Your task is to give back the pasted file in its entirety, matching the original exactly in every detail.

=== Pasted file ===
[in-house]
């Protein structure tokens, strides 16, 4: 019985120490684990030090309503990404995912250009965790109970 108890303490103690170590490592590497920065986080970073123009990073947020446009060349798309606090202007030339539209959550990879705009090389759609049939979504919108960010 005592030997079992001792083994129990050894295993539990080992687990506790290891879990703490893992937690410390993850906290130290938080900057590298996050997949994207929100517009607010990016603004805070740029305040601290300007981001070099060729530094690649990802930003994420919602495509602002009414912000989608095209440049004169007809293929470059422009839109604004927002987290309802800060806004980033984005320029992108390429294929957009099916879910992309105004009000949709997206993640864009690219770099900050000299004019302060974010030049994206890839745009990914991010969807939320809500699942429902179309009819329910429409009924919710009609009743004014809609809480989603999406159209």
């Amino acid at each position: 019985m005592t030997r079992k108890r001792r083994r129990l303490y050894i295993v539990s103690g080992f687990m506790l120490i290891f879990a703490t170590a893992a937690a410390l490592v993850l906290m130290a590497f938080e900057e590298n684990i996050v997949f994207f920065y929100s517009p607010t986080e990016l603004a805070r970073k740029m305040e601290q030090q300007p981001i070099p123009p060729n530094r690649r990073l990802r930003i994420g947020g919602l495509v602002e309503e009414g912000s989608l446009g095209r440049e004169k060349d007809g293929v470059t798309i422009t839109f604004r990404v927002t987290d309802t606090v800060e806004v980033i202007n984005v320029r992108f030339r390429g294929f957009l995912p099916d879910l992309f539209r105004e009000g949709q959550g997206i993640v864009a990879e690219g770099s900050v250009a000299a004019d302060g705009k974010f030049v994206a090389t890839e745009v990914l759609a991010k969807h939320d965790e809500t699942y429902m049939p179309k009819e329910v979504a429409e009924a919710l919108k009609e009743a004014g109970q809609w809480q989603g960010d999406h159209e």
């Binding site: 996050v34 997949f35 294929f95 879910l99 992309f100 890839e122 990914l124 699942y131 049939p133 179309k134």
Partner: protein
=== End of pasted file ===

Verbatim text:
[in-house]
């Protein structure tokens, strides 16, 4: 019985120490684990030090309503990404995912250009965790109970 108890303490103690170590490592590497920065986080970073123009990073947020446009060349798309606090202007030339539209959550990879705009090389759609049939979504919108960010 005592030997079992001792083994129990050894295993539990080992687990506790290891879990703490893992937690410390993850906290130290938080900057590298996050997949994207929100517009607010990016603004805070740029305040601290300007981001070099060729530094690649990802930003994420919602495509602002009414912000989608095209440049004169007809293929470059422009839109604004927002987290309802800060806004980033984005320029992108390429294929957009099916879910992309105004009000949709997206993640864009690219770099900050000299004019302060974010030049994206890839745009990914991010969807939320809500699942429902179309009819329910429409009924919710009609009743004014809609809480989603999406159209």
């Amino acid at each position: 019985m005592t030997r079992k108890r001792r083994r129990l303490y050894i295993v539990s103690g080992f687990m506790l120490i290891f879990a703490t170590a893992a937690a410390l490592v993850l906290m130290a590497f938080e900057e590298n684990i996050v997949f994207f920065y929100s517009p607010t986080e990016l603004a805070r970073k740029m305040e601290q030090q300007p981001i070099p123009p060729n530094r690649r990073l990802r930003i994420g947020g919602l495509v602002e309503e009414g912000s989608l446009g095209r440049e004169k060349d007809g293929v470059t798309i422009t839109f604004r990404v927002t987290d309802t606090v800060e806004v980033i202007n984005v320029r992108f030339r390429g294929f957009l995912p099916d879910l992309f539209r105004e009000g949709q959550g997206i993640v864009a990879e690219g770099s900050v250009a000299a004019d302060g705009k974010f030049v994206a090389t890839e745009v990914l759609a991010k969807h939320d965790e809500t699942y429902m049939p179309k009819e329910v979504a429409e009924a919710l919108k009609e009743a004014g109970q809609w809480q989603g960010d999406h159209e």
């Binding site: 996050v34 997949f35 294929f95 879910l99 992309f100 890839e122 990914l124 699942y131 049939p133 179309k134």
Partner: protein